Original NASA ASRS Text
Title: HELICOPTER PILOT REPORTS FUEL HOSE CAUGHT ON SKID DURING DEPARTURE FROM OIL PLATFORM.
Narrative: IN MAY/08; I WAS PREPARING FOR MY LAST FLT OF THE DAY FROM A PLATFORM. THE WX CONDITIONS WERE AS FOLLOWS: WIND 190-210 DEGS AT 10-15 KTS; 10+ SM VISIBILITY; SKY CLR; 24 DEGS C. I WAS PARKED ON THE SE SIDE OF THE HELI DECK SBOUND 4-5 FT FROM THE EDGE. THE FUEL PIT IS LOCATED ON THE E SIDE OF THE HELI DECK NEXT TO MY L SKID (THE AFT PORTION). I PULLED THE FUEL NOZZLE FROM THE FUEL PIT; UNDER THE TAIL BOOM; TO FUEL THE ACFT (FUEL CAP ON R SIDE). I FILLED TO 550 LBS OF JET FUEL; AND PULLED THE FUEL NOZZLE BACK UNDER THE TAIL BOOM TO FUEL PIT; WHERE I REPLACED FUEL NOZZLE. I CLBED OUT OF FUEL PIT AND WALKED AROUND REAR OF ACFT AND BACK TO R SIDE TO ENSURE EVERYTHING WAS UNTIED (EG; TIE-DOWNS; BLADES). I HAD 1 PAX CLBING IN L FRONT SEAT AS I WAS PUTTING MY LIFE VEST ON AND CLBING INTO THE R (PLT) SEAT. I STARTED ACFT AND FILED A FLT PLAN WITH MY COMPANY. I PULLED INTO A 3 FT HOVER WITH 70-75% TORQUE. EVERYTHING FELT AS USUAL (CTR OF GRAVITY AND PWR). I PROCEEDED TO PULL THE COLLECTIVE UP AND ADDED AN ADDITIONAL 5% TORQUE. AS THE ACFT STARTED TO RISE; I ADDED FORWARD PRESSURE ON THE CYCLIC INTO A 10 DEG NOSE FORWARD ATTITUDE. AS I CLRED THE PLATFORM; THE NOSE YAWED R AND PITCHED UP; AS WELL AS THE ACFT SLOWING ACCELERATION SLIGHTLY. I CORRECTED WITH L PEDAL AND FORWARD CYCLIC. AT THAT MOMENT; I REALIZED THE FUEL HOSE MUST BE CAUGHT ON MY SKID. ABOUT 3 SECONDS LATER; I FELT THE FUEL HOSE BREAK LOOSE AND HEARD A 'THUD' NOISE. I CONTINUED A NORMAL CLB AND MADE A R TURN TO LAND ON THE PLATFORM FOR INSPECTION. ONCE I LANDED; I SHUT DOWN AND BOTH ME AND MY PAX EXITED THE ACFT. A FEW OTHER PEOPLE CAME UP TO THE HELI DECK FROM THE LOWER LEVEL. I THOROUGHLY INSPECTED THE ACFT AND PINPOINTED WHERE I HEARD THE 'THUD' NOISE COME FROM. AFTER THE FUEL HOSE HAD BROKEN FREE; IT HIT THE CARGO COMPARTMENT DOOR WHICH IS LOCATED ON THE L SIDE OF THE ACFT. THERE WAS NO DAMAGE. JUST A LOT OF BLACK RESIDUE FROM THE FUEL HOSE. I ALSO PINPOINTED THE LOCATION THAT THE FUEL HOSE HUNG UP ON THE L SKID. AFTER BEING 100% SURE THAT THE ACFT WAS UNDAMAGED AND AIRWORTHY; I STARTED IT AND FLEW TO MY BASE WITH PAX ON BOARD -- ABOUT A 60-MIN FLT 1-WAY. THINGS I COULD DO TO AVOID THIS NEXT TIME: 1) PAY CLOSER ATTN WHEN I DO PREFLT WALKAROUNDS. 2) DO NOT EVER DRAPE HOSE OVER THE TOP OF SKIDS WHEN REFUELING. 3) SPEND MORE TIME IN A HOVER BEFORE TKOF TO ENSURE THAT NOTHING IS HUNG UP ON SKIDS.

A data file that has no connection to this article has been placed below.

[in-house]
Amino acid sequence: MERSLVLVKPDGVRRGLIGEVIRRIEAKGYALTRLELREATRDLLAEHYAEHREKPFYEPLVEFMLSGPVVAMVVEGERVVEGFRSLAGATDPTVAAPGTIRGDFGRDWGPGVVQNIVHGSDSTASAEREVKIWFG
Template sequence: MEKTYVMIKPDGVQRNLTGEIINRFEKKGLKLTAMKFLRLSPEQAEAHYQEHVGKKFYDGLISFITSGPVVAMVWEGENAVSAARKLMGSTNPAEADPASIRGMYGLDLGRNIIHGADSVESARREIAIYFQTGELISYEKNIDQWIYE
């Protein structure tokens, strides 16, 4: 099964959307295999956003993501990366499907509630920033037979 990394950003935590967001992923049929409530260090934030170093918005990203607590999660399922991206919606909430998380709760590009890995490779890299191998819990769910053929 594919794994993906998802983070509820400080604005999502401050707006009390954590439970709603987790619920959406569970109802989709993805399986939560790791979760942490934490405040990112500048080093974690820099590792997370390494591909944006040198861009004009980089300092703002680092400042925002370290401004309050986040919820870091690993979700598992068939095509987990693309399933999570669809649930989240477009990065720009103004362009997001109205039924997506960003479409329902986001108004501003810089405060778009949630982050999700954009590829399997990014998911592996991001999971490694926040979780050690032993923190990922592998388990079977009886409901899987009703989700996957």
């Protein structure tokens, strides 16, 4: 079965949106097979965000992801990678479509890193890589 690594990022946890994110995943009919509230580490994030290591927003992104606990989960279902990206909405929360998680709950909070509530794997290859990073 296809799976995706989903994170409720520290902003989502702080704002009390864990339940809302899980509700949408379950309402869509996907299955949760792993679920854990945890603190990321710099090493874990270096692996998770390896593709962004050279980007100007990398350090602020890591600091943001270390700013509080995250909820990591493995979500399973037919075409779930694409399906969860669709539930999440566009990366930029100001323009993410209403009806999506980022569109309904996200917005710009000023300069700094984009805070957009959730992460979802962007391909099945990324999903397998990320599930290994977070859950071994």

Data retrieved from NASA's ASRS site as of May 2009 and automatically converted to unabbreviated mixed upper/lowercase text. This report is for informational purposes with no guarantee of accuracy. See NASA's ASRS site for official report.